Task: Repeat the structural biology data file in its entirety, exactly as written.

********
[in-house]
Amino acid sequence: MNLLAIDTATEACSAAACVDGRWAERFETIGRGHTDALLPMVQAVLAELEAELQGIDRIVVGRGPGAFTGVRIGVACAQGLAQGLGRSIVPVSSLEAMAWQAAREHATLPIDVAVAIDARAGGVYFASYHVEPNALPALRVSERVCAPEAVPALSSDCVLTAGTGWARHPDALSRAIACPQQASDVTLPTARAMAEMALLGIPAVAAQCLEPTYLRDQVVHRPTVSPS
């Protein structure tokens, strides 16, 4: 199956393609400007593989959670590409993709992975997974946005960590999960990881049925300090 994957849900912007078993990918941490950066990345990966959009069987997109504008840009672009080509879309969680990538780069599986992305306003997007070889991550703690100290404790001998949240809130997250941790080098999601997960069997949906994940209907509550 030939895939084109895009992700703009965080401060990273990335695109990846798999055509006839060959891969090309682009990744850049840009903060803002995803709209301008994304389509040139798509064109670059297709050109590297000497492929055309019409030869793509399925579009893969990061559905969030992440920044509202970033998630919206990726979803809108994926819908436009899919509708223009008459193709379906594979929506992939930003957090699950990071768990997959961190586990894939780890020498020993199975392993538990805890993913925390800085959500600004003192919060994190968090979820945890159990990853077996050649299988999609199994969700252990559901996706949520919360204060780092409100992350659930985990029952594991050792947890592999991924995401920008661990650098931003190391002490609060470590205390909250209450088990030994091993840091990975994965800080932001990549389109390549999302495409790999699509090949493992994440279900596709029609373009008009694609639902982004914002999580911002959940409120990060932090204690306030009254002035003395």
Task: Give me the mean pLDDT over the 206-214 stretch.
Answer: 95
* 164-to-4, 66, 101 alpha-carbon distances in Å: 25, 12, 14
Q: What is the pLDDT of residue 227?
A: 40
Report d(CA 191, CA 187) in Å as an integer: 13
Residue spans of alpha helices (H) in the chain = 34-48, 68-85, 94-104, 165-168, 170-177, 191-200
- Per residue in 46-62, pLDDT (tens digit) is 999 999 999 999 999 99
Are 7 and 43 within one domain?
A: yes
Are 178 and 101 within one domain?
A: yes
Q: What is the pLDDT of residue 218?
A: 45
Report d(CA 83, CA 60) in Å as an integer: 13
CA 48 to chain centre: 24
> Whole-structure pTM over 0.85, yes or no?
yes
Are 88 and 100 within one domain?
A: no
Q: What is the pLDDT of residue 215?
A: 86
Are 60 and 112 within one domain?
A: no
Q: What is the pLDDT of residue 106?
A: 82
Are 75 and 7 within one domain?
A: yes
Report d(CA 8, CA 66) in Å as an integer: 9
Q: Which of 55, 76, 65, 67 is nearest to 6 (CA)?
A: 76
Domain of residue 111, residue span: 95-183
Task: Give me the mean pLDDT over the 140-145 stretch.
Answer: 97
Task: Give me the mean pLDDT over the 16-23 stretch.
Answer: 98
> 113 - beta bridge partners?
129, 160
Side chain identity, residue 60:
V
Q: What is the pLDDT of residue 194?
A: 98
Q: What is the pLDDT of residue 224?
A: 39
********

[in-house]
Amino acid sequence: MNLLAIDTATEACSAAACVDGRWAERFETIGRGHTDALLPMVQAVLAELEAELQGIDRIVVGRGPGAFTGVRIGVACAQGLAQGLGRSIVPVSSLEAMAWQAAREHATLPIDVAVAIDARAGGVYFASYHVEPNALPALRVSERVCAPEAVPALSSDCVLTAGTGWARHPDALSRAIACPQQASDVTLPTARAMAEMALLGIPAVAAQCLEPTYLRDQVVHRPTVSPS
């Protein structure tokens, strides 16, 4: 199956393609400007593989959670590409993709992975997974946005960590999960990881049925300090 994957849900912007078993990918941490950066990345990966959009069987997109504008840009672009080509879309969680990538780069599986992305306003997007070889991550703690100290404790001998949240809130997250941790080098999601997960069997949906994940209907509550 030939895939084109895009992700703009965080401060990273990335695109990846798999055509006839060959891969090309682009990744850049840009903060803002995803709209301008994304389509040139798509064109670059297709050109590297000497492929055309019409030869793509399925579009893969990061559905969030992440920044509202970033998630919206990726979803809108994926819908436009899919509708223009008459193709379906594979929506992939930003957090699950990071768990997959961190586990894939780890020498020993199975392993538990805890993913925390800085959500600004003192919060994190968090979820945890159990990853077996050649299988999609199994969700252990559901996706949520919360204060780092409100992350659930985990029952594991050792947890592999991924995401920008661990650098931003190391002490609060470590205390909250209450088990030994091993840091990975994965800080932001990549389109390549999302495409790999699509090949493992994440279900596709029609373009008009694609639902982004914002999580911002959940409120990060932090204690306030009254002035003395």
Task: Give me the mean pLDDT over the 206-214 stretch.
Answer: 95
* 164-to-4, 66, 101 alpha-carbon distances in Å: 25, 12, 14
Q: What is the pLDDT of residue 227?
A: 40
Report d(CA 191, CA 187) in Å as an integer: 13
Residue spans of alpha helices (H) in the chain = 34-48, 68-85, 94-104, 165-168, 170-177, 191-200
- Per residue in 46-62, pLDDT (tens digit) is 999 999 999 999 999 99
Are 7 and 43 within one domain?
A: yes
Are 178 and 101 within one domain?
A: yes
Q: What is the pLDDT of residue 218?
A: 45
Report d(CA 83, CA 60) in Å as an integer: 13
CA 48 to chain centre: 24
> Whole-structure pTM over 0.85, yes or no?
yes
Are 88 and 100 within one domain?
A: no
Q: What is the pLDDT of residue 215?
A: 86
Are 60 and 112 within one domain?
A: no
Q: What is the pLDDT of residue 106?
A: 82
Are 75 and 7 within one domain?
A: yes
Report d(CA 8, CA 66) in Å as an integer: 9
Q: Which of 55, 76, 65, 67 is nearest to 6 (CA)?
A: 76
Domain of residue 111, residue span: 95-183
Task: Give me the mean pLDDT over the 140-145 stretch.
Answer: 97
Task: Give me the mean pLDDT over the 16-23 stretch.
Answer: 98
> 113 - beta bridge partners?
129, 160
Side chain identity, residue 60:
V
Q: What is the pLDDT of residue 194?
A: 98
Q: What is the pLDDT of residue 224?
A: 39